PLAYA VISTA, Calif. – For the second time in two years, a member of the Hamilton family took the court at the Clippers’ practice facility.
If Daniel Hamilton’s face looked familiar Wednesday alongside fellow workout participants DeAndre Bembry, Guerschon Yabusele, Cat Barber, Tyrone Wallace and Zach Auguste, that’s because he’s one of the younger brothers of former Clippers forward Jordan Hamilton, who played 14 games for the Clippers during the 2014-15 season.
As Daniel goes through the draft process, he’s absorbing advice from his older brother, who’s been through it all before.
“He tells me, ‘You’ve just got to be in condition,’” Daniel said. “You’re going to have a back to back-to-back sometimes, so you’ve just got to be in condition and be in the best shape of your life, really.”
Daniel has workouts with around 14 teams scheduled, and that’s not even the most of the six players who worked out Wednesday.
Auguste said he’s trying to sleep and use every facility’s recovery room to his advantage to ice, heat and rest between the 19 workouts he has scheduled. Wednesday’s session already put him in double digits.
The way Auguste looks at it, the more opportunities he has to showcase what he can do in person, the better chances he has at getting selected later this month. That’s the mindset for many of the NBA prospects on the fringe of getting drafted.
For those players in particular, this time of year means picking up and traveling from city to city day after day – so much so that Auguste even had trouble remembering where he just came from before arrriving in Los Angeles.
“The time zones are crazy,” Auguste said. “You forget the days, for sure. It’s just another day of the week.”
But, those days come and go quickly as the June 23 draft approaches. And as that deadline nears, the time for players to convince teams they’re worthy of a selection also dwindles.
While some criticized Daniel’s decision to stay in the draft and not return to school, he’s not concerned about that. He feels he’s ready to play professionally, and he now has three more weeks to make 30 potential employers feel the same way.
This is the hometown stretch of Daniel’s workouts, as the Los Angeles native worked out for the Lakers on Tuesday before seeing the Clippers a day later.
He continues to check in with Jordan, who was drafted in the late first round in 2011, to see what tips his older brother has to offer.For years, Jordan’s been an important resource for both Daniel, who was a forward at Connecticut, and Isaac, who’s in the midst of a successful career at UCLA.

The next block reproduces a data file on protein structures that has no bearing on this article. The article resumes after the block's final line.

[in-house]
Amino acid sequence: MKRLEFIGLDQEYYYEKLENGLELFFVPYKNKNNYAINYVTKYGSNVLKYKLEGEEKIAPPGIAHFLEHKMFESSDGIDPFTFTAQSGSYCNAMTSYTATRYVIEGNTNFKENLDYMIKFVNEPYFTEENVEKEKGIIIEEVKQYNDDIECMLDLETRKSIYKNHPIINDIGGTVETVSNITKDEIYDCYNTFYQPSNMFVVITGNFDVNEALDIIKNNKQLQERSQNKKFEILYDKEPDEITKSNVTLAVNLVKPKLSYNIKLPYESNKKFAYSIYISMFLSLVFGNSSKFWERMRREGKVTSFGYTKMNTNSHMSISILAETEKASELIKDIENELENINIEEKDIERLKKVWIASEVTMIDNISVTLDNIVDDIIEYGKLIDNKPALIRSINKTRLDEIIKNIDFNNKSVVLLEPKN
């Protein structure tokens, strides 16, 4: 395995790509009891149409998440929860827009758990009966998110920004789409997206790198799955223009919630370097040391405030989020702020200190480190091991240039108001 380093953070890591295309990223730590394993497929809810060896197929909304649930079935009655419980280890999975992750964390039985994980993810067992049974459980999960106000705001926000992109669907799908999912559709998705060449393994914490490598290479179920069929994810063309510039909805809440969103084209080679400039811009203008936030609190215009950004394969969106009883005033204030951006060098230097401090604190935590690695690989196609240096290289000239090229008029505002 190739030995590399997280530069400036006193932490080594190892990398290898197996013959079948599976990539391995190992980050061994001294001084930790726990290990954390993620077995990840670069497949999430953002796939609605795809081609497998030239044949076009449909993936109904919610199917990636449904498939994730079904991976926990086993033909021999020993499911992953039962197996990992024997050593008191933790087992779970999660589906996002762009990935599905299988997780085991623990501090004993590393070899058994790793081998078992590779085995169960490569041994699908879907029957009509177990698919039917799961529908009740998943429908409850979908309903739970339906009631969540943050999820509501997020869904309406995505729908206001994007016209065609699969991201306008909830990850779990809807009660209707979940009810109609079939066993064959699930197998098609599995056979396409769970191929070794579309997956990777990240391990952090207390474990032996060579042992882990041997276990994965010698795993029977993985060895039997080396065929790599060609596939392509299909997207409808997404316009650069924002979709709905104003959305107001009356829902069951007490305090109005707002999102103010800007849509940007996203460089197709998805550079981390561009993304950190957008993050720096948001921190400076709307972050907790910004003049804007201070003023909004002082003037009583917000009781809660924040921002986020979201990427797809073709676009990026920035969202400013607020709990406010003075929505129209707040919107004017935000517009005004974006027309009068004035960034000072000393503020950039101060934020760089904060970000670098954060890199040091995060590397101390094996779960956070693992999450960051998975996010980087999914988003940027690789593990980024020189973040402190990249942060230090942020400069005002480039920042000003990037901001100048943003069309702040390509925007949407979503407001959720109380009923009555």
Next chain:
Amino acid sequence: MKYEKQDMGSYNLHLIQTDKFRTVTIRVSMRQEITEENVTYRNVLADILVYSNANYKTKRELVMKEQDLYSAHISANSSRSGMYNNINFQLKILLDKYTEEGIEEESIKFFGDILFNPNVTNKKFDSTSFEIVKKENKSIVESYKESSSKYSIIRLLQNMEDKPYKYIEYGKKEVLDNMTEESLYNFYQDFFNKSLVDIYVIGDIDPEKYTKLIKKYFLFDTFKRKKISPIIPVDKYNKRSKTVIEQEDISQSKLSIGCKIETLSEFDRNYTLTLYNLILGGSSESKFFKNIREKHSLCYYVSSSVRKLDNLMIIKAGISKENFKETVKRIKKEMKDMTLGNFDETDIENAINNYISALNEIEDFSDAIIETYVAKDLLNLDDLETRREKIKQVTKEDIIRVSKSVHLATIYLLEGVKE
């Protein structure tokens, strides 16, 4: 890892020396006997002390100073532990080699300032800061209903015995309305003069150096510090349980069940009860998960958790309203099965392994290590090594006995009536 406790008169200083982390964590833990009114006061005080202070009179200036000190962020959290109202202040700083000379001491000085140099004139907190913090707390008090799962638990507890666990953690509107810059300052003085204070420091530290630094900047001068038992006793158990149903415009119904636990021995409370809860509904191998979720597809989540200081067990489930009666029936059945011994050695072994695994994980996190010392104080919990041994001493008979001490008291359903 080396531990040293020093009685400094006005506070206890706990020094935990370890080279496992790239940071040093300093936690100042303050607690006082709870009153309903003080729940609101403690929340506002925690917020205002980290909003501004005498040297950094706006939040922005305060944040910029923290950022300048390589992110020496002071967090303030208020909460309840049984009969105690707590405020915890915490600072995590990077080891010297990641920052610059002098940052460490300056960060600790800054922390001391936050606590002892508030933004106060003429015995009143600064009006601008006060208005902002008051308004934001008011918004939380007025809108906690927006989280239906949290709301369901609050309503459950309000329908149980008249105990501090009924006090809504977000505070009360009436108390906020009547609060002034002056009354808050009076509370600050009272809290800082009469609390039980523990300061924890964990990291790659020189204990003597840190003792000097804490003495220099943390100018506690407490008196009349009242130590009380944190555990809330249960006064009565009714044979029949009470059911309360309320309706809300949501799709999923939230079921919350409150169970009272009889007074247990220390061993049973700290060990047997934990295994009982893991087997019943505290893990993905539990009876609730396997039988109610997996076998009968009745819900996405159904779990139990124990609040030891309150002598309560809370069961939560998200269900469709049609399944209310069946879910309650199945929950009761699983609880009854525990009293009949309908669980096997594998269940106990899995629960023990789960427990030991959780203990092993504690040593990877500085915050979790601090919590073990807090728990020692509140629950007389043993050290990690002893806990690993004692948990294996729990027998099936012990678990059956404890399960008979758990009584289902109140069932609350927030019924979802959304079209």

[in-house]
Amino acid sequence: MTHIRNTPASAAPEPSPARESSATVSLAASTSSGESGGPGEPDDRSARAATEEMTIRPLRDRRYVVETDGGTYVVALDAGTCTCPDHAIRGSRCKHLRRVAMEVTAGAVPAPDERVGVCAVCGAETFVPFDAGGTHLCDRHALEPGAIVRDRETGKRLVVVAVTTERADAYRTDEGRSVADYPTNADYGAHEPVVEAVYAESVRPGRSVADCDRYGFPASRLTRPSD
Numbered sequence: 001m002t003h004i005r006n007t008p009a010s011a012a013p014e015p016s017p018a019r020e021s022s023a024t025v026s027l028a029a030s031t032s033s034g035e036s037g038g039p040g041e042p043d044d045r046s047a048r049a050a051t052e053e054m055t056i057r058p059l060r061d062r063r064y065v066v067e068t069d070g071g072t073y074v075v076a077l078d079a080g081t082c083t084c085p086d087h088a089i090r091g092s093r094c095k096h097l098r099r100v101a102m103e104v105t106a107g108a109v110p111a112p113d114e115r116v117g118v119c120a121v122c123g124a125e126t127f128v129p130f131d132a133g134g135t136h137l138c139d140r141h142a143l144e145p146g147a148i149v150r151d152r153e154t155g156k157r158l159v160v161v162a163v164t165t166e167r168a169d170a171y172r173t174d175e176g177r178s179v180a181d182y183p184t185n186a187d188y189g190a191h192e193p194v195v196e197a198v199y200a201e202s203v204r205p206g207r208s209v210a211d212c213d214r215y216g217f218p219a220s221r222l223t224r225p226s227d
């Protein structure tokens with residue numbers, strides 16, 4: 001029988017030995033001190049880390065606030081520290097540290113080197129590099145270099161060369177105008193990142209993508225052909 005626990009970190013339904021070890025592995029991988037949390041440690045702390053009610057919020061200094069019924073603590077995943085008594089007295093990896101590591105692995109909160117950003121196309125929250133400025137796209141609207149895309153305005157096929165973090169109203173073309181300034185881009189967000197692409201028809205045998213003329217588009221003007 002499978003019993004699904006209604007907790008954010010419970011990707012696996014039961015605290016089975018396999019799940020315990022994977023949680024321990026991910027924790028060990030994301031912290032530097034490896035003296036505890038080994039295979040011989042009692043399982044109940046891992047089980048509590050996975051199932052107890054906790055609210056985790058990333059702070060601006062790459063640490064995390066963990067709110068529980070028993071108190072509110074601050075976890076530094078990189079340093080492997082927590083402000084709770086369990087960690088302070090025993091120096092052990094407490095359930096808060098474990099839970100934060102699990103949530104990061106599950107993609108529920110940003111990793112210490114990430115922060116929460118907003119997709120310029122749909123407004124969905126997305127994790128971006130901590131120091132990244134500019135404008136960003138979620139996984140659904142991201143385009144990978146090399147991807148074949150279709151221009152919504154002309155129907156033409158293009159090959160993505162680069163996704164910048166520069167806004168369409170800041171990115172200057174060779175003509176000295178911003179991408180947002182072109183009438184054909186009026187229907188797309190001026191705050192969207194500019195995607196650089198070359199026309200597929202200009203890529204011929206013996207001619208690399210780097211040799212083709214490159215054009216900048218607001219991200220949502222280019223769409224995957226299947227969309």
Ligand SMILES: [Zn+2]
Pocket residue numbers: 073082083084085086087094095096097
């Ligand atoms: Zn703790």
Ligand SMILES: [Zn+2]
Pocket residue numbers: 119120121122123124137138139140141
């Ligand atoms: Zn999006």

But, Daniel knows he has to make his own way as the youngest of five Hamilton brothers.
“With me being the youngest, I always got it pretty tough,” Daniel said. “People always criticize me, telling me to make my own name for myself. That’s what I’m trying to do here and what I’m trying to do at the next level.”
While Daniel isn’t projected by many to be a first-round pick, Wednesday’s workout did feature a handful of players projected to fall in the range of the Clippers’ late-first and early-second round selections, including Bembry and Yabusele.
Here’s a look at the players at this week’s workout.
DeAndre Bembry | Player Profile »
The St. Joseph’s junior forward might end up the highest drafted player of the Clippers’ workouts in recent weeks, though he said he’s heard a range of possibilities and is trying to tune the projections out.
“I feel like I’m definitely a first-round talent, but you never know,” Bembry said. “I feel like I’ll be good wherever I end up.”
Bembry ran one of the fastest three-quarter sprints at the NBA Combine, where he was a full participant and stood out immediately with 18 points, four rebounds and three assists in his first scrimmage.
The potential first-round pick averaged more than 17 points and 7.5 rebounds per game each of his past two seasons. He averaged 17.4 points, 7.8 rebounds and 4.5 assists this past season, though he saw his 3-point percentage dip below 30 percent last season.
Where he feels he’ll help a team most is with his versatility. Instead of coming in as just a shooter or just a slasher or just a defender, Bembry feels he brings a bit of everything, including leadership.